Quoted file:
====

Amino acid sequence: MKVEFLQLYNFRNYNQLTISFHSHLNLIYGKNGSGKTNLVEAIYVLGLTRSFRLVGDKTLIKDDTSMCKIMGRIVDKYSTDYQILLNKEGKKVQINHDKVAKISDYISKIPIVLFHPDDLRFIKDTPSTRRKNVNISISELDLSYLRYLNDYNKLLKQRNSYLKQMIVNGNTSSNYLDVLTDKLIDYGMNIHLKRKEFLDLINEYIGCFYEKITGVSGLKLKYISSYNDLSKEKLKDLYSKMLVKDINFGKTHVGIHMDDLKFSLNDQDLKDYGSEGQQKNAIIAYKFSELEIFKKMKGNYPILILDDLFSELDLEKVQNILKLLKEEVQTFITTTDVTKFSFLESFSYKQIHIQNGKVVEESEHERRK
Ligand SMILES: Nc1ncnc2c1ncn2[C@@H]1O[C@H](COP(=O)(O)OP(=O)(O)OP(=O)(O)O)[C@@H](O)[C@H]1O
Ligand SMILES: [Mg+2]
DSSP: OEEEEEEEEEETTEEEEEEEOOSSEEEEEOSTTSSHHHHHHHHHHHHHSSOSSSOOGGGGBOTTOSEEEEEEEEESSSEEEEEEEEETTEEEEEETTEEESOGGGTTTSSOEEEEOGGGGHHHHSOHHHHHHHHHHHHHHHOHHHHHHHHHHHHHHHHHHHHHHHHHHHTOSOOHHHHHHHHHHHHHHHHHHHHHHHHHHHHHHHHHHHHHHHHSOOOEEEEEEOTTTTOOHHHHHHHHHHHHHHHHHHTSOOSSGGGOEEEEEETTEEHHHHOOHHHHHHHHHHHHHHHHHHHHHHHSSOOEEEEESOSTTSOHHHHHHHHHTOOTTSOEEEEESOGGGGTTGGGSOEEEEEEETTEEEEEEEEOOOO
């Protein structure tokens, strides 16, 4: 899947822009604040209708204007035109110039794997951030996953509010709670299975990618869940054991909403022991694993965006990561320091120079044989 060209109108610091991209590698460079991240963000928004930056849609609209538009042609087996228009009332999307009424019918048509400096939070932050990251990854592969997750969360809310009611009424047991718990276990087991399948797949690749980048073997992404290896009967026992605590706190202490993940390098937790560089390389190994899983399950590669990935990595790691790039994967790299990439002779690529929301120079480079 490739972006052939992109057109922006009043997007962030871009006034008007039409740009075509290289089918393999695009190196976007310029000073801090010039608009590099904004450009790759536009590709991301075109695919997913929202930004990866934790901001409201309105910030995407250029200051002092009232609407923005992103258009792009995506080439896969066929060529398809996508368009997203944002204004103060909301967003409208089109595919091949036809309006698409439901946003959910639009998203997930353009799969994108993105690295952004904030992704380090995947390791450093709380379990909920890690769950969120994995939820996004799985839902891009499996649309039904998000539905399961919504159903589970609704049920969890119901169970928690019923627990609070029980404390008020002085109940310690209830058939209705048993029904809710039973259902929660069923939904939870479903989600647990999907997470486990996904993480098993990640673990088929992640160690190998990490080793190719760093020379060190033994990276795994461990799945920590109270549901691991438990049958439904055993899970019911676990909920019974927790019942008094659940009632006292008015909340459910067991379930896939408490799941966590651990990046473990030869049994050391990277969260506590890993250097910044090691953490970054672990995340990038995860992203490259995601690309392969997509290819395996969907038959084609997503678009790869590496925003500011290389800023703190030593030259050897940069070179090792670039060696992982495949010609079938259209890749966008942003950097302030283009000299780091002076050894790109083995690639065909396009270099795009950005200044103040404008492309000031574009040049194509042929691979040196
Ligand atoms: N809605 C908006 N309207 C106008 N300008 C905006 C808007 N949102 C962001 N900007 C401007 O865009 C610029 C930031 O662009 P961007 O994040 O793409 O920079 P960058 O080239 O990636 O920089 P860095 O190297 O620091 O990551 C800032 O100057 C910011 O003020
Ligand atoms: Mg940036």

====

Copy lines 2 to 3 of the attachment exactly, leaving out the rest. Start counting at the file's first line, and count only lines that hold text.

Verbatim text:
Ligand SMILES: Nc1ncnc2c1ncn2[C@@H]1O[C@H](COP(=O)(O)OP(=O)(O)OP(=O)(O)O)[C@@H](O)[C@H]1O
Ligand SMILES: [Mg+2]